Are you one of the many New Yorkers fed up with the Metropolitan Transportation Authority? As fellow NYC denizens, we completely understand the feeling. You have lots of good reasons.
However, since this is the season of thankfulness and forgiveness, we thought it worthwhile to take a look at how far the MTA has come since it was first created. Then we’ll how holding them accountable today can actually help them to continue to improve – for the safety of everyone.
The Terrible, Gruesome Birth of the MTA
The MTA was birthed after a horrible crash on the eve of Thanksgiving in November 1950. Thousands were riding by train from Penn Station toward Long Island. One train rear-ended another and almost 80 passengers died in the bloody crash, caused by jammed brakes.
Even worse, that disaster was just one of two fatal crashes that year. Thirty-two people had already died in a head-on train collision in February. Another crash in August injured 46, though no one died.
Following the Thanksgiving massacre, state government officials took note and began overseeing the LIRR, eventually purchasing the railroad in 1965. They set up the Metropolitan Commuter Transportation Authority, which was changed to its current name in 1968 by Gov. Nelson Rockefeller.
Enormous Growth, Enormous Problems
Over the next two decades, the MTA became the biggest public transit system in the U.S., adding more rail lines, buses, and toll bridges, but things weren’t all rosy.
By 1977, the MTA was plagued with money problems. Trains were frequently out of service, delayed, or impacted by fires. By 1981, many people stopped riding the MTA altogether out of frustration. That year, a subway car traveled just under 7,000 miles before a breakdown.
Today’s cars travel over 112,000 miles before a breakdown, according to MTA reports.
Despite Huge Improvements, There’s Still a Ways to Go
Today, as evidenced by the above statistic, the MTA has come a long way. However, it still has plenty of woes. Its 11 million daily passengers complain of dirty subways and long waits, and the agency is suffering underneath a staggering $40 billion in debt.
This June, two Long Island residents filed suit against the MTA, LIRR, and New York City Transit on grounds of negligence and emotional distress due to frequent cancellations, disruptions, and delays in their commute. Their lawsuit is intended to be a class-action suit, with thousands of others who want to join in.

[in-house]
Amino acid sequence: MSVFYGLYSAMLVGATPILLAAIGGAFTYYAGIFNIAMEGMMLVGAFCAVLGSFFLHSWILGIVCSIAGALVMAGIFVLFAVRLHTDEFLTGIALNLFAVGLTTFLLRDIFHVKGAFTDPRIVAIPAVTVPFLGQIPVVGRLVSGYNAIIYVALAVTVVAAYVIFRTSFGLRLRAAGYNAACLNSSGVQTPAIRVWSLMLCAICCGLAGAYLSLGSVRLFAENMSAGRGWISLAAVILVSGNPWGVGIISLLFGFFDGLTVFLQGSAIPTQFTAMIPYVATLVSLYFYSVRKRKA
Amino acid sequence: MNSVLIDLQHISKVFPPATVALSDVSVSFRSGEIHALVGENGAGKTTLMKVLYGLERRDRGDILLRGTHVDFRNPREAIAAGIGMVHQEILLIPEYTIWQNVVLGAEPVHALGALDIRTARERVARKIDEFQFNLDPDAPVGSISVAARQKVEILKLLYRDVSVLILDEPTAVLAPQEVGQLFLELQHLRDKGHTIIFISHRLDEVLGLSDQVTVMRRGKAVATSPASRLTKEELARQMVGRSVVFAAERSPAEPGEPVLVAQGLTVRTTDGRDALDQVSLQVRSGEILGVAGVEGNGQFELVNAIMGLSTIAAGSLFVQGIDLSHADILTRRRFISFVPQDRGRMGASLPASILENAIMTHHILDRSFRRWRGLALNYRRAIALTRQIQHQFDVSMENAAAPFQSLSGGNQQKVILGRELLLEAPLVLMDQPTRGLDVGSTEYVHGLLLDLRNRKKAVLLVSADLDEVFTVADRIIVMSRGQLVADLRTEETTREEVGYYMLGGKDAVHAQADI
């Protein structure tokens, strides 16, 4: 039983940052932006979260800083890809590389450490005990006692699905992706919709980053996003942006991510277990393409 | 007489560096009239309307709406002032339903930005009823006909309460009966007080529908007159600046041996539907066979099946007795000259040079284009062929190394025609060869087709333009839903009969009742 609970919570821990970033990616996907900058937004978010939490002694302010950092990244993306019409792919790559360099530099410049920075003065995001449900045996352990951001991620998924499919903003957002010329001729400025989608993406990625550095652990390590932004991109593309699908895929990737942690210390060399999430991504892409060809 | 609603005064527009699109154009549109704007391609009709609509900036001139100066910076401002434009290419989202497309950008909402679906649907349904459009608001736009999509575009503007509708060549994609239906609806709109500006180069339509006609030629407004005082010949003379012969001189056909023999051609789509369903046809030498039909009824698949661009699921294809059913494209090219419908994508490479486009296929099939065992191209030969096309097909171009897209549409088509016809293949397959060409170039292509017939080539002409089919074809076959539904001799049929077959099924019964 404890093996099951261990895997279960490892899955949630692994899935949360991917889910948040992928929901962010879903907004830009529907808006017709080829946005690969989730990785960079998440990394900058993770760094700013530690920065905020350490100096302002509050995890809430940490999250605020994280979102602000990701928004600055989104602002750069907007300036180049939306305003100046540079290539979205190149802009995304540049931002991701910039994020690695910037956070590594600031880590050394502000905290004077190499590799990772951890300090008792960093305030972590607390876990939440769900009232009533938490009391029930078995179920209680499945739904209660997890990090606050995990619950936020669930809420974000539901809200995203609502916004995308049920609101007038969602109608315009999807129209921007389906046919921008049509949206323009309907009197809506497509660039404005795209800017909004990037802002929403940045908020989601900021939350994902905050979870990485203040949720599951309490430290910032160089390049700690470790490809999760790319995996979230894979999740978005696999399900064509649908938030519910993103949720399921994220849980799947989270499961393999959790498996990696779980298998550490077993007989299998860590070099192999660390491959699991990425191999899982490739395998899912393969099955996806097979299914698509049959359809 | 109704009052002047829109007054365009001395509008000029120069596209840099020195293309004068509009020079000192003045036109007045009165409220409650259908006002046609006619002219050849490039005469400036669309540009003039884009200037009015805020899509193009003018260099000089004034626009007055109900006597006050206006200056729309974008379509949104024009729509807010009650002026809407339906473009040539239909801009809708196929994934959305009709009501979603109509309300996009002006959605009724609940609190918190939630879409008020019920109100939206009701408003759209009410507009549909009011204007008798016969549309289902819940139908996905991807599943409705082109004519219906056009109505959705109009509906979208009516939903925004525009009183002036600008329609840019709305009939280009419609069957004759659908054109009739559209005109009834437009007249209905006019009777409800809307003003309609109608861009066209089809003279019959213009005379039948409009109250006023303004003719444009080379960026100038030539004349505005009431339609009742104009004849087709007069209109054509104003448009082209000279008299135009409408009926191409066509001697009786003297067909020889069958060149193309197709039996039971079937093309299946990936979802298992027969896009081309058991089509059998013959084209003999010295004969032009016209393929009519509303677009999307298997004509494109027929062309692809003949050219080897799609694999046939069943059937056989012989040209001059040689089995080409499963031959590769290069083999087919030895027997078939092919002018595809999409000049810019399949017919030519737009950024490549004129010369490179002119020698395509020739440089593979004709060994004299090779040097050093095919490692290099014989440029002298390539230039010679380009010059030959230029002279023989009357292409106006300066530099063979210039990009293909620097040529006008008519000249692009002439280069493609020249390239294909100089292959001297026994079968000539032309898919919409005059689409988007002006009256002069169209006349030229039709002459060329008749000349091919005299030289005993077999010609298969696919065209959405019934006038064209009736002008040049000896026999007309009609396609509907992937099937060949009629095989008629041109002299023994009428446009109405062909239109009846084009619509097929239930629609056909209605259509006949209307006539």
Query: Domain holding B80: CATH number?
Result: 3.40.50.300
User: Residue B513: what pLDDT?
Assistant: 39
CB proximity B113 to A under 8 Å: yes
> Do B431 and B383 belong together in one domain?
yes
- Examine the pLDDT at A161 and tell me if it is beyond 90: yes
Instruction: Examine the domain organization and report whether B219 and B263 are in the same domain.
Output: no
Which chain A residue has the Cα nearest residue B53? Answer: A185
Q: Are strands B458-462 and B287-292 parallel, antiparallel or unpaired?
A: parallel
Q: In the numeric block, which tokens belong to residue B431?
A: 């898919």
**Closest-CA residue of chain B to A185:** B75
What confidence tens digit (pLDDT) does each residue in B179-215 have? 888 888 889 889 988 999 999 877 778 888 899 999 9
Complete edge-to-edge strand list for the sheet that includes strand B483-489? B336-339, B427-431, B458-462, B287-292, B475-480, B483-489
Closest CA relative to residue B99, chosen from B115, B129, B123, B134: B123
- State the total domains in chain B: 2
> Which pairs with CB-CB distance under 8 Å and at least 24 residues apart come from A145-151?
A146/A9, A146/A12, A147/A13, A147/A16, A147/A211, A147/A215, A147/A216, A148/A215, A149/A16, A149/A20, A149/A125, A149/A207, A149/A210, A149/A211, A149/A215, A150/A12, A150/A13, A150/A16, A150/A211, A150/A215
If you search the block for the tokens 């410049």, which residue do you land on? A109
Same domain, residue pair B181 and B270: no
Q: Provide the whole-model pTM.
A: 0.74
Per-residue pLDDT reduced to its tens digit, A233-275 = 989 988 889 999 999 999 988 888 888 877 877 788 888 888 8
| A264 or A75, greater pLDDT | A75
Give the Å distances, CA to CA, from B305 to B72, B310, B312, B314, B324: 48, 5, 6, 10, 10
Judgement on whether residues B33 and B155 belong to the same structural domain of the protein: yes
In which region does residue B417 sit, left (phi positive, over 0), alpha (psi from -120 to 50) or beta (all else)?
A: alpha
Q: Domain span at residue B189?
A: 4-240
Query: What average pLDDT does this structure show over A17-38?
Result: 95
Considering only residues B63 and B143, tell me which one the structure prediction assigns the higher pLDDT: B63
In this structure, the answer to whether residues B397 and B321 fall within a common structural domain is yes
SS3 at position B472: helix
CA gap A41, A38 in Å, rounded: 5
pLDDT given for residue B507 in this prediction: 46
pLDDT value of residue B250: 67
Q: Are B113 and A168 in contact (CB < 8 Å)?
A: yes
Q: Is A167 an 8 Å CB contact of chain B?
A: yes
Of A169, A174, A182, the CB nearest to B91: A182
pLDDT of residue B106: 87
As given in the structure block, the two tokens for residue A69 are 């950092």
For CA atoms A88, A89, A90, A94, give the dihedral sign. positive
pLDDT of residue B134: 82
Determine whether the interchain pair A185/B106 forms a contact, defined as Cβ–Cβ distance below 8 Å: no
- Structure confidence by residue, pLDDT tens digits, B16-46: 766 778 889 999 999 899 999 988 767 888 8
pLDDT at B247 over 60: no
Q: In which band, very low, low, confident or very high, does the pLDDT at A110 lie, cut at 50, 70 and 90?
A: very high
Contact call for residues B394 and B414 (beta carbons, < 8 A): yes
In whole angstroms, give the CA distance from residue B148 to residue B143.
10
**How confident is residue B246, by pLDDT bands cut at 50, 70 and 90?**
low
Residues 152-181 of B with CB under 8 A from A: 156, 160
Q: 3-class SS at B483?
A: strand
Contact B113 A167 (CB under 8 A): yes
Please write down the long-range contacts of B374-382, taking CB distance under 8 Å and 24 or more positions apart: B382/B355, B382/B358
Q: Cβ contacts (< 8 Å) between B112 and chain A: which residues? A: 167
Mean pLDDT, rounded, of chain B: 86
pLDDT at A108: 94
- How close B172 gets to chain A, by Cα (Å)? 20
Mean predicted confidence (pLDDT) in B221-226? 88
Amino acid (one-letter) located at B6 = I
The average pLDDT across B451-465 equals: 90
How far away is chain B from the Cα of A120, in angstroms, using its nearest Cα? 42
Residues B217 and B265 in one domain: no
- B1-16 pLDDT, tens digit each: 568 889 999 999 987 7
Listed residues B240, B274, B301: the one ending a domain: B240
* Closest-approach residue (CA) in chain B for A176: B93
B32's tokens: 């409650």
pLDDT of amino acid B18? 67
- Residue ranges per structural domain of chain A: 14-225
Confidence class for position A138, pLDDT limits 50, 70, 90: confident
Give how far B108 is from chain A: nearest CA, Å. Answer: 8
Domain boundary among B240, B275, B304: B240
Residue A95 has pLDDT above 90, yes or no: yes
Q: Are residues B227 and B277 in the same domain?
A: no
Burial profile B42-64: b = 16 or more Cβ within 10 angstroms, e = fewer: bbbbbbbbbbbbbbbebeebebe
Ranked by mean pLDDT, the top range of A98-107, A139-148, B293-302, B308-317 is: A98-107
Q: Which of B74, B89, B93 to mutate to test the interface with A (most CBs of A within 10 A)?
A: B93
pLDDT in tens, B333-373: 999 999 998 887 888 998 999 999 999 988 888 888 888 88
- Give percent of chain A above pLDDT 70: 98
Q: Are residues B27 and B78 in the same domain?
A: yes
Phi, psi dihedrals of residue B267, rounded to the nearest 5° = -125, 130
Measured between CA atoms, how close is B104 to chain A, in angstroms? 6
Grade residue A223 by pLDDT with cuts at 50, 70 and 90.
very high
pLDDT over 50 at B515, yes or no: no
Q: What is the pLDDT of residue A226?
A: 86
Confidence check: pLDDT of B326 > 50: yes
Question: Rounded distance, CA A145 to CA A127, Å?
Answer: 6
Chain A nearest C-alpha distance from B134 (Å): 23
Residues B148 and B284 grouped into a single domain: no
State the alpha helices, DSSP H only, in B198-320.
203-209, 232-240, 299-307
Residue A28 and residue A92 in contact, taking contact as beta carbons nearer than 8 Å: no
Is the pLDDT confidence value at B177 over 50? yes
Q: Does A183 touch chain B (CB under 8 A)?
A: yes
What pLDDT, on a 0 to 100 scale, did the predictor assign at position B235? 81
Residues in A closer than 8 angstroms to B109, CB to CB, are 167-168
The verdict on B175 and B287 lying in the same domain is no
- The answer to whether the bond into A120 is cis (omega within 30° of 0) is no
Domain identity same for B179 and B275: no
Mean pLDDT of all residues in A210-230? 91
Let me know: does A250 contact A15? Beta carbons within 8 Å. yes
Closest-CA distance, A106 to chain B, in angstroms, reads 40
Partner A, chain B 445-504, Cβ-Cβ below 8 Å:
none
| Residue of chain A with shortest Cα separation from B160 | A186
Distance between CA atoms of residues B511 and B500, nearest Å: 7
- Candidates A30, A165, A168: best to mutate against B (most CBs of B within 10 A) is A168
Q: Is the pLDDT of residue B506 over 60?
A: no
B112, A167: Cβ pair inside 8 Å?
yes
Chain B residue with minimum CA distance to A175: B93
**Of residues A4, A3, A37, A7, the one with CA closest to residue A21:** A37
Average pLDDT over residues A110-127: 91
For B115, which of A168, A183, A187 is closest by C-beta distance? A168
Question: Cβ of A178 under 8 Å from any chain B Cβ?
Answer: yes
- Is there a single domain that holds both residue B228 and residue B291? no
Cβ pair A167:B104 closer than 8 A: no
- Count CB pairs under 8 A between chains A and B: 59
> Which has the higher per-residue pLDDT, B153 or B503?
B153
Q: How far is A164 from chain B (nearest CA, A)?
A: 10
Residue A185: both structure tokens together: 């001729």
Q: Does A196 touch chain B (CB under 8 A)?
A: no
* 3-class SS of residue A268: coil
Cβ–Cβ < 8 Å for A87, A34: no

The lawsuit asserts that the overcrowding poses a danger of falling onto tracks and creates the need to stand in unsanitary areas. Passengers face late-arrival disciplinary actions at work due to the frequent delays in the train schedules. The lawsuit seeks compensations for LIRR pass fees along with damages and attorney fees.
Another pair of lawsuits filed by groups of disabled individuals assert that the subway system does not adequately accommodate their needs. The lawsuits state that the MTA ranks lowest among 10 other large U.S. transit systems in its accessibility to disabled individuals, saying that only 24 percent of the system is accessible.
The city has 472 subway stations, and 112 of those stations are accessible to wheelchairs. The other stations do not have working elevators or other lift devices for anyone unable to use stairs. The lawsuit is being filed on both the state and federal levels.
At the state level, the main contention is that the MTA violates the New York City Human Rights Law because it discriminates against disabled individuals. At the federal level, the lawsuit states that the Americans with Disabilities Act is being violated, since it protects disabled individuals against discrimination in public venues.
The New York City system has more subway stations than any other city in the world. Yet other U.S. cities have much higher accessibility rates. Chicago’s rate is 67 percent, Philadelphia’s rate is 68 percent, and Boston’s rate is 74 percent. San Francisco and Washington D.C. have 100 percent accessibility rates.
The MTA says it will cost well over $11 billion to make improvements to all the remaining stations to fulfill the federal law requirements. These two lawsuits do not seek damages. Rather, they seek long-term plans and procedures for improvement.
How to Improve Your MTA Experience
What can you do if your daily life is negatively impacted by the MTA, or if you get hurt either while riding an MTA vehicle or on MTA property? Your best bet is to work with a skilled NY personal injury attorney who will help protect your rights.
Often, these types of injuries occur due to negligence on the part of the MTA. Negligence can cause toxic chemical spills, crashes at crossings, derailment, collisions, or even just poor property maintenance, all of which can have a serious impact on your health.
To prove negligence, a knowledgeable NYC MTA accident attorney will look for ways that safety requirements were not met, such as improper training, hazardous environments, or operator failure.
If you have been injured in an MTA accident, contact an attorney who has a proven record in handling public transportation accidents. Contact us today for a free initial consultation.